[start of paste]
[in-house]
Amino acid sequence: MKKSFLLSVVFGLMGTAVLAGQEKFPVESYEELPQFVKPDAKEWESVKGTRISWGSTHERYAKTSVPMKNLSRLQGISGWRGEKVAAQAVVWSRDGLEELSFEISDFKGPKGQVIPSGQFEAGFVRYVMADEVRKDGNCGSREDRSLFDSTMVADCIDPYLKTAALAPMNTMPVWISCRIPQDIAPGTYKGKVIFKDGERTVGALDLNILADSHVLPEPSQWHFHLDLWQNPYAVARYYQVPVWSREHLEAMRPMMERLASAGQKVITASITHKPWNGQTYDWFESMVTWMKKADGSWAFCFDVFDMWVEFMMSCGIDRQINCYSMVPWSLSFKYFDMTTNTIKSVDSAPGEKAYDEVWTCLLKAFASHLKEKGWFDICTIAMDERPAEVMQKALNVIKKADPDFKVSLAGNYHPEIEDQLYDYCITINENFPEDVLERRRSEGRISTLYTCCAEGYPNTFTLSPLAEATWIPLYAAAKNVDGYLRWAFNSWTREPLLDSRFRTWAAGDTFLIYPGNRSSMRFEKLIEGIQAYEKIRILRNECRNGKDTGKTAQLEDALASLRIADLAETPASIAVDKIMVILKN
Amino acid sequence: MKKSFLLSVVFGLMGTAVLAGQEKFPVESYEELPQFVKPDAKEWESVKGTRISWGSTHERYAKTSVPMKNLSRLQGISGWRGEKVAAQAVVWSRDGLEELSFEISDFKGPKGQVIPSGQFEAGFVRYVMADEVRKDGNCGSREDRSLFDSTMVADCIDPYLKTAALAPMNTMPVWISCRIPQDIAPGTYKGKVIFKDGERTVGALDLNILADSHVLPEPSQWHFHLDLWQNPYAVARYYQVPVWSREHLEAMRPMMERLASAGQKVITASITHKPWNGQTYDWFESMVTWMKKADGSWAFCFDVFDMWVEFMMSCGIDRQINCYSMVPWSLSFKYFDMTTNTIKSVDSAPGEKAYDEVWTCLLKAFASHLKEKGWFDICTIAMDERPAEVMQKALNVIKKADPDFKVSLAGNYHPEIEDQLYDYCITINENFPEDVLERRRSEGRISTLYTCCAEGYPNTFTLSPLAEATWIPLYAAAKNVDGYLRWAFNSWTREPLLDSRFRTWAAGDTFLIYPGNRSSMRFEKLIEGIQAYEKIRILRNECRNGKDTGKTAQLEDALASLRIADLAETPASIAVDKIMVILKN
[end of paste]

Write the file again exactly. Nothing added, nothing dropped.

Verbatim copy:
[in-house]
Amino acid sequence: MKKSFLLSVVFGLMGTAVLAGQEKFPVESYEELPQFVKPDAKEWESVKGTRISWGSTHERYAKTSVPMKNLSRLQGISGWRGEKVAAQAVVWSRDGLEELSFEISDFKGPKGQVIPSGQFEAGFVRYVMADEVRKDGNCGSREDRSLFDSTMVADCIDPYLKTAALAPMNTMPVWISCRIPQDIAPGTYKGKVIFKDGERTVGALDLNILADSHVLPEPSQWHFHLDLWQNPYAVARYYQVPVWSREHLEAMRPMMERLASAGQKVITASITHKPWNGQTYDWFESMVTWMKKADGSWAFCFDVFDMWVEFMMSCGIDRQINCYSMVPWSLSFKYFDMTTNTIKSVDSAPGEKAYDEVWTCLLKAFASHLKEKGWFDICTIAMDERPAEVMQKALNVIKKADPDFKVSLAGNYHPEIEDQLYDYCITINENFPEDVLERRRSEGRISTLYTCCAEGYPNTFTLSPLAEATWIPLYAAAKNVDGYLRWAFNSWTREPLLDSRFRTWAAGDTFLIYPGNRSSMRFEKLIEGIQAYEKIRILRNECRNGKDTGKTAQLEDALASLRIADLAETPASIAVDKIMVILKN
Amino acid sequence: MKKSFLLSVVFGLMGTAVLAGQEKFPVESYEELPQFVKPDAKEWESVKGTRISWGSTHERYAKTSVPMKNLSRLQGISGWRGEKVAAQAVVWSRDGLEELSFEISDFKGPKGQVIPSGQFEAGFVRYVMADEVRKDGNCGSREDRSLFDSTMVADCIDPYLKTAALAPMNTMPVWISCRIPQDIAPGTYKGKVIFKDGERTVGALDLNILADSHVLPEPSQWHFHLDLWQNPYAVARYYQVPVWSREHLEAMRPMMERLASAGQKVITASITHKPWNGQTYDWFESMVTWMKKADGSWAFCFDVFDMWVEFMMSCGIDRQINCYSMVPWSLSFKYFDMTTNTIKSVDSAPGEKAYDEVWTCLLKAFASHLKEKGWFDICTIAMDERPAEVMQKALNVIKKADPDFKVSLAGNYHPEIEDQLYDYCITINENFPEDVLERRRSEGRISTLYTCCAEGYPNTFTLSPLAEATWIPLYAAAKNVDGYLRWAFNSWTREPLLDSRFRTWAAGDTFLIYPGNRSSMRFEKLIEGIQAYEKIRILRNECRNGKDTGKTAQLEDALASLRIADLAETPASIAVDKIMVILKN